treating physician's opinions; (2) improperly rejecting
the Claimant's credibility; and (3) failing to resolve a
conflict between the Vocational Expert's (VE) testimony
and the Dictionary of Occupational Titles (DOT).
Weight Afforded to Treating Physician's Opinions
“treating physician” is one who actually treats
the claimant. Lester v. Chater, 81 F.3d 821, 830
(9th Cir. 1995). When a treating doctor's opinion is not
contradicted by another doctor, it may only be rejected for
clear and convincing reasons. Id. If a treating
doctor's opinion is contradicted by another doctor, it
may only be rejected for “specific and legitimate
reasons supported by substantial evidence in the record for
so doing.” Id. (citations omitted). Mr.
Smith's treating physician--Doctor Troy
Anderson--submitted reports opining that Mr. Smith was
disabled and unable to work. (Tr.). The ALJ gave his opinions
Anderson submitted a letter on January 9, 2008 which details
Mr. Smith's diagnoses and states: “The patient is
no longer [able] to work. His prognosis is poor. I do not
expect recovery.” (Tr. 391). SSA guidelines in place at
the time of the ALJ's decision provide that
“treating source opinions on issues that are reserved
to the Commissioner are never entitled to controlling weight
or special significance.” SSR 96-5p. The ALJ cannot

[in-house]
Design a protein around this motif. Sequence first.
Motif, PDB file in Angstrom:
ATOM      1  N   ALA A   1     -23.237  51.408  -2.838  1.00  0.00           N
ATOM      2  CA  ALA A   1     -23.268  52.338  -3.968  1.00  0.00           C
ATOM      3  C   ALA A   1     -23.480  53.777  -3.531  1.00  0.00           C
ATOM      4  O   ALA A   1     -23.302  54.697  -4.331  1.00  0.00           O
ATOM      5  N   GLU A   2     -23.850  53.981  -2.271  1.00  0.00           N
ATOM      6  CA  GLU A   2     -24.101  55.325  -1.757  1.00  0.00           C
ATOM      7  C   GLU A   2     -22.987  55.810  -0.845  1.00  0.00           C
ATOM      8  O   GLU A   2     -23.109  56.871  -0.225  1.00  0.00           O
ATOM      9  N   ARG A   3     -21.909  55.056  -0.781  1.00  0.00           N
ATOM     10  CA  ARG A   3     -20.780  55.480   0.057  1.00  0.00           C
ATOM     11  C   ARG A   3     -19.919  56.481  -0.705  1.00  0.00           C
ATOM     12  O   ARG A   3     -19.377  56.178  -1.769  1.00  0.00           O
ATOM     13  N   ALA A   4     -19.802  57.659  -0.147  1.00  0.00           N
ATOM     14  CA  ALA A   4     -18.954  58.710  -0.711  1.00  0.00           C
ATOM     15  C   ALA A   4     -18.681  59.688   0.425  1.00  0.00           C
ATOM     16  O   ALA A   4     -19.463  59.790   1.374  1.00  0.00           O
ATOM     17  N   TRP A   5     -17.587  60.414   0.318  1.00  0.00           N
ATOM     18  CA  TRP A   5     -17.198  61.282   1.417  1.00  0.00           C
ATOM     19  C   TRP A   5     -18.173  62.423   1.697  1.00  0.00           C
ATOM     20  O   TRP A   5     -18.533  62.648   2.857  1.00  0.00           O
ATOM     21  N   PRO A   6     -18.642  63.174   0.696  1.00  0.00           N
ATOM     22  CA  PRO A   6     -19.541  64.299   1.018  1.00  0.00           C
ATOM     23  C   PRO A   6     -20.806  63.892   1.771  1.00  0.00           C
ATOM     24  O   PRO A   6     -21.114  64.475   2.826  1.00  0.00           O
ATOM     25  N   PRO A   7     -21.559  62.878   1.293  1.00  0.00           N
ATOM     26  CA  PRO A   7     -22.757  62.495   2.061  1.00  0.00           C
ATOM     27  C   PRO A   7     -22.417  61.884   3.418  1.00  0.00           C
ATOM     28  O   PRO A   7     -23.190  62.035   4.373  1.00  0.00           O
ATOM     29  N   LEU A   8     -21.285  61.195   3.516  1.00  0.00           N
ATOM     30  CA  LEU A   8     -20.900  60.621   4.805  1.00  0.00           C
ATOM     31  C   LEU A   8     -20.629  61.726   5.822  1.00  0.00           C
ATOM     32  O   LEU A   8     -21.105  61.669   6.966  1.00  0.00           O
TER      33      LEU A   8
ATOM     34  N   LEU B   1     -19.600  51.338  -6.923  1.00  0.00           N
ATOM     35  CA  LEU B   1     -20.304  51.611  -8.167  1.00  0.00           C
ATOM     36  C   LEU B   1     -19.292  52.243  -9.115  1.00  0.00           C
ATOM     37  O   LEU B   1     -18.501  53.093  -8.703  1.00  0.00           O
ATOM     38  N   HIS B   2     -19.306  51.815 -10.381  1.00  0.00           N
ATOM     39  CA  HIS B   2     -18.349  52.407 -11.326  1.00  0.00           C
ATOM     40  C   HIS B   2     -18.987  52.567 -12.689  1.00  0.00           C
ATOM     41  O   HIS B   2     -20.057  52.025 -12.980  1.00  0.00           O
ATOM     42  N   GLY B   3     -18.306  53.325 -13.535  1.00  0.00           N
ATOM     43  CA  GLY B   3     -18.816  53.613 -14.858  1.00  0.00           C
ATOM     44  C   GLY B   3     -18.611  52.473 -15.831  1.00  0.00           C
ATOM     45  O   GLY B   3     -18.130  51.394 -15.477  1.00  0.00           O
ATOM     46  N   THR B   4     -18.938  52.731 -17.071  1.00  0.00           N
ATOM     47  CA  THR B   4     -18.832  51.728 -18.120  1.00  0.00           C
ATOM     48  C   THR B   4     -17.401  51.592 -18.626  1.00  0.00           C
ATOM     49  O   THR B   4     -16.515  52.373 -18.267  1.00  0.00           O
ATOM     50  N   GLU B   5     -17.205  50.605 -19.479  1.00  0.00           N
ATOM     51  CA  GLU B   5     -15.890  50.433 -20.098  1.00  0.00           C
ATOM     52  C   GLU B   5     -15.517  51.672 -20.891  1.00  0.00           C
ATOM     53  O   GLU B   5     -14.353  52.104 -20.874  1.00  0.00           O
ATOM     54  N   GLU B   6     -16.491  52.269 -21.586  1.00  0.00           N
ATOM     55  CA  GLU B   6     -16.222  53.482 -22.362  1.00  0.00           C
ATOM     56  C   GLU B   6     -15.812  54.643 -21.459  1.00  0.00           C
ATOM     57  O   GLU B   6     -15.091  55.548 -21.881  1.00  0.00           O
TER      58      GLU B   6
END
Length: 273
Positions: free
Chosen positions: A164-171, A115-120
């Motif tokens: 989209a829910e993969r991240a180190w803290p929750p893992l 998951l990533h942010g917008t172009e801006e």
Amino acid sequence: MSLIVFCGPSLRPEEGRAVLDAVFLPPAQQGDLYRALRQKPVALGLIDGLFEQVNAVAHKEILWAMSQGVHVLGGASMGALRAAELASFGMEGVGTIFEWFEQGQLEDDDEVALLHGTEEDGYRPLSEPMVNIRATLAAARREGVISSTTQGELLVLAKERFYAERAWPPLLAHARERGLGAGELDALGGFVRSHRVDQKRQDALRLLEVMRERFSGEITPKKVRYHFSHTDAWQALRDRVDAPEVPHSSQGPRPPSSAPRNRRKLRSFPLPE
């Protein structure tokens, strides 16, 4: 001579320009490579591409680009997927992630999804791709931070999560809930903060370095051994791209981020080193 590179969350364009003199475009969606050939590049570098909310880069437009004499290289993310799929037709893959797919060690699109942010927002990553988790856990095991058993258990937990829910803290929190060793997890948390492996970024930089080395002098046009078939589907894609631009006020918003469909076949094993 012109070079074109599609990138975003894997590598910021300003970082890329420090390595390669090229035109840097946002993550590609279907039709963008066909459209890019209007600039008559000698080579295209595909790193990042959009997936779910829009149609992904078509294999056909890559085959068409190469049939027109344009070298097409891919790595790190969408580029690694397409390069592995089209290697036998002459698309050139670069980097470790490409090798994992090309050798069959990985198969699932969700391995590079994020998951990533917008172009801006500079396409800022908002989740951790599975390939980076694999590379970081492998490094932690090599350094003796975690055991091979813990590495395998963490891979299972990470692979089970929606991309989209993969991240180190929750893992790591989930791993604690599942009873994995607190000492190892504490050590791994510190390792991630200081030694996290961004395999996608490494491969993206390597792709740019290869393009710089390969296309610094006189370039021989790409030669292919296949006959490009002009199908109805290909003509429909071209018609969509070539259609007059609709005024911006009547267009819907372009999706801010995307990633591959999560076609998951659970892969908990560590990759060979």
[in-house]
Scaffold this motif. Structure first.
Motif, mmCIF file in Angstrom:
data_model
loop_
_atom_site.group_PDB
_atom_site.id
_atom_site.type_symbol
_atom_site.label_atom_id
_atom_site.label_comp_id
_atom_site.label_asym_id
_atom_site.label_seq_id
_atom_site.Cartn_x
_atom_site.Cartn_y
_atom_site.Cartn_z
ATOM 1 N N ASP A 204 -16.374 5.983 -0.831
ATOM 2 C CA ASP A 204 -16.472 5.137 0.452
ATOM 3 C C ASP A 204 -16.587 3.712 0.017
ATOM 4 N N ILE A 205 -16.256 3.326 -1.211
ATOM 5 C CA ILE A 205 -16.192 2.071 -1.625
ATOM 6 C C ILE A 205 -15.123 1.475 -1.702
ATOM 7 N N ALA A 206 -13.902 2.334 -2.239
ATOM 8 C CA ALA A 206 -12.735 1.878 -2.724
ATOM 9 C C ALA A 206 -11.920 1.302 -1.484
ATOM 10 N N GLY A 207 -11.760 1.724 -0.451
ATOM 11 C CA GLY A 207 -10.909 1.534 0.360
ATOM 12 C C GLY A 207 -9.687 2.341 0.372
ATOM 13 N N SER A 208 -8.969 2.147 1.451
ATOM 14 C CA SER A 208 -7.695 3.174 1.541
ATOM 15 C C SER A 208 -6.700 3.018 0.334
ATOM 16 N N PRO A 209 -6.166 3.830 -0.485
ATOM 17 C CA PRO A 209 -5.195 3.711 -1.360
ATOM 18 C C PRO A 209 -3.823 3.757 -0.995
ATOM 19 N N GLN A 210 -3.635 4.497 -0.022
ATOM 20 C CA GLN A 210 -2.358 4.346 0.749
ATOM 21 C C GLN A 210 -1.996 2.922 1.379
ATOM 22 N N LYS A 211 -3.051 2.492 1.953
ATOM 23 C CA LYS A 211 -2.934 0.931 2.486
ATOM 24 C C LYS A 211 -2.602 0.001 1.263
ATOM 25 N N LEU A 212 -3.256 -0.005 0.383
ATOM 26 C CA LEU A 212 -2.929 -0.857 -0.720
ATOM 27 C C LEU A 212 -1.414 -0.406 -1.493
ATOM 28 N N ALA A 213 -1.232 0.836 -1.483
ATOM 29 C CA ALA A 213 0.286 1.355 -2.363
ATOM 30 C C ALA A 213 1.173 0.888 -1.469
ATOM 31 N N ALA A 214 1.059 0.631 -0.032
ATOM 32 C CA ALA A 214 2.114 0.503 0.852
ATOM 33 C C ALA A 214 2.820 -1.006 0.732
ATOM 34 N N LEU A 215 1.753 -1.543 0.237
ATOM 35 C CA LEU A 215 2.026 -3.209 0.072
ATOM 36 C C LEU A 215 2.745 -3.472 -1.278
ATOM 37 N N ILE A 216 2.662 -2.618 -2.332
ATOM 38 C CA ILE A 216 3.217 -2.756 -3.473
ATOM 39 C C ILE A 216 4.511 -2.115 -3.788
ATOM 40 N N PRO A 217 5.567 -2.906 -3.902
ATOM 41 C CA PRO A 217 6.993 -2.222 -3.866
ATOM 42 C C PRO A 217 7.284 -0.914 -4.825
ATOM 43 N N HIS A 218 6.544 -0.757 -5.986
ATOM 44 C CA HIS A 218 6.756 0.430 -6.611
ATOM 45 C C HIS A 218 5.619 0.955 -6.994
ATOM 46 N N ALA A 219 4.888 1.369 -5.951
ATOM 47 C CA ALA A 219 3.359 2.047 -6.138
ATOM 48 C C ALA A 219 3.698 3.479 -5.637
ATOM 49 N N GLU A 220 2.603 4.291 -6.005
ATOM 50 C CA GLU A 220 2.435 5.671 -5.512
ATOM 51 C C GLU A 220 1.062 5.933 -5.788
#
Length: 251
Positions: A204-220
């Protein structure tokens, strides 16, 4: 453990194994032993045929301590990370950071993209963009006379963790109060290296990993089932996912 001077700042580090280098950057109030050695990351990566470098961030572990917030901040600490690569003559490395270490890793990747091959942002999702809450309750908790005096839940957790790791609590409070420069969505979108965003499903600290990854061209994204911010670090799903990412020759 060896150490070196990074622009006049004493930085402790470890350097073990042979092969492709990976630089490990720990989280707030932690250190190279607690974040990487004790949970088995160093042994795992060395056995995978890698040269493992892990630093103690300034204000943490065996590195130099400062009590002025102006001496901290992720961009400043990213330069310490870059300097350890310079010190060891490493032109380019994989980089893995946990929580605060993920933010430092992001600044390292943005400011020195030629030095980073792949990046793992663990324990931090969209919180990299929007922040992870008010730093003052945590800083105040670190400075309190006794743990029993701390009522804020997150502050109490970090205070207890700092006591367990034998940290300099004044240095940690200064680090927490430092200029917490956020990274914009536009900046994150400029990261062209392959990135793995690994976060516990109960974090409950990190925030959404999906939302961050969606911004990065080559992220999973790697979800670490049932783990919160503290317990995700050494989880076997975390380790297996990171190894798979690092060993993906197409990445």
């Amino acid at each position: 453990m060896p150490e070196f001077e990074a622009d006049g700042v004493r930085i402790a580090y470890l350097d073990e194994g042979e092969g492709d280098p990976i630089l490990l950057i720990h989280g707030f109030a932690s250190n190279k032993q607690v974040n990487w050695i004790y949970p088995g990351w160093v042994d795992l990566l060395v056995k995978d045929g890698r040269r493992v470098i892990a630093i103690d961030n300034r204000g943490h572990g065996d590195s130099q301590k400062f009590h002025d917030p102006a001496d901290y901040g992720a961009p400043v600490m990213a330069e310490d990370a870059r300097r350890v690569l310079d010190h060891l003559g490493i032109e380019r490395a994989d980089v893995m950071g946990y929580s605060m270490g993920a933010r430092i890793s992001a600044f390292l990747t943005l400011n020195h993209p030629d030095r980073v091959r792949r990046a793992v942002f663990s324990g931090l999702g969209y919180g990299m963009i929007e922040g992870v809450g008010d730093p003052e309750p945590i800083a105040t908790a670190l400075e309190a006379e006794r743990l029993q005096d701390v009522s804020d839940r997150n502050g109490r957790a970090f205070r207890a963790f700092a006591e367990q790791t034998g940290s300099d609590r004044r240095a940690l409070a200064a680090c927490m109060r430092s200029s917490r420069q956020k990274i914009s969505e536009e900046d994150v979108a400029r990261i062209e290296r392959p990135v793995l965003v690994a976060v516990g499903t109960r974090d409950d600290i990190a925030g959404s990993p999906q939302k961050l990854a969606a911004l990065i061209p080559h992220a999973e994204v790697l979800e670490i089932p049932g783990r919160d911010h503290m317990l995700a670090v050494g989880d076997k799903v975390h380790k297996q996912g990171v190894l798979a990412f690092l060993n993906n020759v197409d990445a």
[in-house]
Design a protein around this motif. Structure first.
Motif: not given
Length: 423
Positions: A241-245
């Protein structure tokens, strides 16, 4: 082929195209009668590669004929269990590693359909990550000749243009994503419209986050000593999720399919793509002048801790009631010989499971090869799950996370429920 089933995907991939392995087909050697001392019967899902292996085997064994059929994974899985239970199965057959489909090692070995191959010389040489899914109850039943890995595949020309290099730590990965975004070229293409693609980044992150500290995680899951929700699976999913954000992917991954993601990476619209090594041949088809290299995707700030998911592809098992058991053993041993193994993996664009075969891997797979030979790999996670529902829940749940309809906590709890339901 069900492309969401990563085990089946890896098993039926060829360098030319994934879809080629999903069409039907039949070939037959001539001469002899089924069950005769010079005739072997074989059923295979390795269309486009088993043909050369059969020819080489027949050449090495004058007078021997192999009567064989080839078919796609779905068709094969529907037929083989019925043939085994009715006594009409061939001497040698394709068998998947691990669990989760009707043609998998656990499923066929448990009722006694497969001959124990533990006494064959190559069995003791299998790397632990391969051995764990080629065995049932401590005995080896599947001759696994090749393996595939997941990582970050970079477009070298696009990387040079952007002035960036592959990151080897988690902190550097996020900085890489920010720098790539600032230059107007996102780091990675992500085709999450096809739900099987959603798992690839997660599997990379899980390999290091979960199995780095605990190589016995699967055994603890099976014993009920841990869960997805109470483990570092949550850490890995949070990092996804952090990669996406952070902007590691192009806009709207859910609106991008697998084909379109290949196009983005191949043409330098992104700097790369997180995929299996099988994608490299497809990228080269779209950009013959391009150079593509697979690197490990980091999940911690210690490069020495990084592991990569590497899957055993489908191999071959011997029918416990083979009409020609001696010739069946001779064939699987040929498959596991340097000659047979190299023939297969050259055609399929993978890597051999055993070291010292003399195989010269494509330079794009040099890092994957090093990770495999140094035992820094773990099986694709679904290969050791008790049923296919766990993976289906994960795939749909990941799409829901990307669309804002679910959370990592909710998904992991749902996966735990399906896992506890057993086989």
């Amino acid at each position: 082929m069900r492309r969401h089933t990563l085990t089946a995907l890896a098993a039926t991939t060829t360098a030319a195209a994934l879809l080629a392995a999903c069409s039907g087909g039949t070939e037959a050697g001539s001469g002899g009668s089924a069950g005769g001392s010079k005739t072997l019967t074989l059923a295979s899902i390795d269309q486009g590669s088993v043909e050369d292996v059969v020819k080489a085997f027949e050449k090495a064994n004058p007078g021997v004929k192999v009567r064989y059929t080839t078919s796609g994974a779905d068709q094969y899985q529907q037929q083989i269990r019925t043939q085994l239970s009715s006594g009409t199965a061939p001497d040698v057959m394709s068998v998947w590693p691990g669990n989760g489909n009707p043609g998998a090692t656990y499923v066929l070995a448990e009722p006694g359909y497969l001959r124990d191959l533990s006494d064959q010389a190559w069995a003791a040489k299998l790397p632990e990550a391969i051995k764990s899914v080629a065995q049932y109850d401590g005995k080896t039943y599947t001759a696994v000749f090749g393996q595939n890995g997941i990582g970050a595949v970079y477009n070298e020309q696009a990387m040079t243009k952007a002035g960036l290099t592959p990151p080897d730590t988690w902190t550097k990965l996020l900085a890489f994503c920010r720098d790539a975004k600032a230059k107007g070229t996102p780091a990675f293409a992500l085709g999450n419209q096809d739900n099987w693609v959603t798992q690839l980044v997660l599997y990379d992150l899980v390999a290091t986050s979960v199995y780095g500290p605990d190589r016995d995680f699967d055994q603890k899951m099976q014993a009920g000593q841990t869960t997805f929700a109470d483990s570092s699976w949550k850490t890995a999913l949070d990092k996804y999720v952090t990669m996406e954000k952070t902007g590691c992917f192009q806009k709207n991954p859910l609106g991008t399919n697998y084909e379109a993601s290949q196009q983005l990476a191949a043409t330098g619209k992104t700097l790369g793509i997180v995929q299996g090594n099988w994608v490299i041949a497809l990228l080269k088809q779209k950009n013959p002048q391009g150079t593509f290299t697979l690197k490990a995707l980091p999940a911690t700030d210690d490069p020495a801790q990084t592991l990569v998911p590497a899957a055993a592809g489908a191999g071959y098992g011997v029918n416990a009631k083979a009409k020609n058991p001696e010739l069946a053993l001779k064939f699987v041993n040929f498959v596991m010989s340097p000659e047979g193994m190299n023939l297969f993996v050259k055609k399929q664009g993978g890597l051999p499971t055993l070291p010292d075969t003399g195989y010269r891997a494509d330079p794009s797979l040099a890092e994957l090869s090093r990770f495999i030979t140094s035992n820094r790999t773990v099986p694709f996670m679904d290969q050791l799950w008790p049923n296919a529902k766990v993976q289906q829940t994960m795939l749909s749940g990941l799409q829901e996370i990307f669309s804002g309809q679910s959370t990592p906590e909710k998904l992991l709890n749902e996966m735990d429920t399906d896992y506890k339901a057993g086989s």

ignore such opinions, but the ALJ also cannot give the
opinion controlling weight and “abdicat[e] [ ] the
Commissioner's statutory responsibility to determine
whether an individual is disabled. Id. The ALJ did
not ignore Dr. Anderson's letter, but the ALJ did assign
it minimal weight in accordance with the regulations.
Claimant further argues that the ALJ erred by failing to
consider the other statements in Dr. Anderson's letter,
recounting the Claimant's peripheral neuropathy and other
illnesses. But the ALJ did discuss these diagnoses throughout
the record, and in fact, the ALJ found that these were severe
impairments. Finally, Claimant objects to the ALJ's
statement that Dr. Anderson's observation that the
Claimant has an inability to drive conflicts with the
Claimant's own statements about driving at the time. The
ALJ was not expressing a view that a disabled person could
never drive; rather the ALJ was pointing out inconsistencies
which tended to make Dr. Anderson's opinion less
October 7, 2009, Dr. Anderson submitted an RFC assessment.
The ALJ assigned minimal weight to this opinion because Dr.
Anderson did not discuss any objective findings to support
the RFC limitations and because Dr. Anderson's findings
that Claimant's medications caused impairments were not
supported by the record. ALJ's “may discredit
treating physicians' opinions that are conclusory, brief,
and unsupported by the record as a whole, . . . or by
objective medical findings.” Batson, 359 F.3d
at 1195. Claimant disputes that the record supports the
ALJ's conclusion that he tolerated his medicine well. But
where the evidence is “subject to more than one
rational interpretation, [courts] must defer to the ALJ's
conclusion.” Id. at 1198. The ...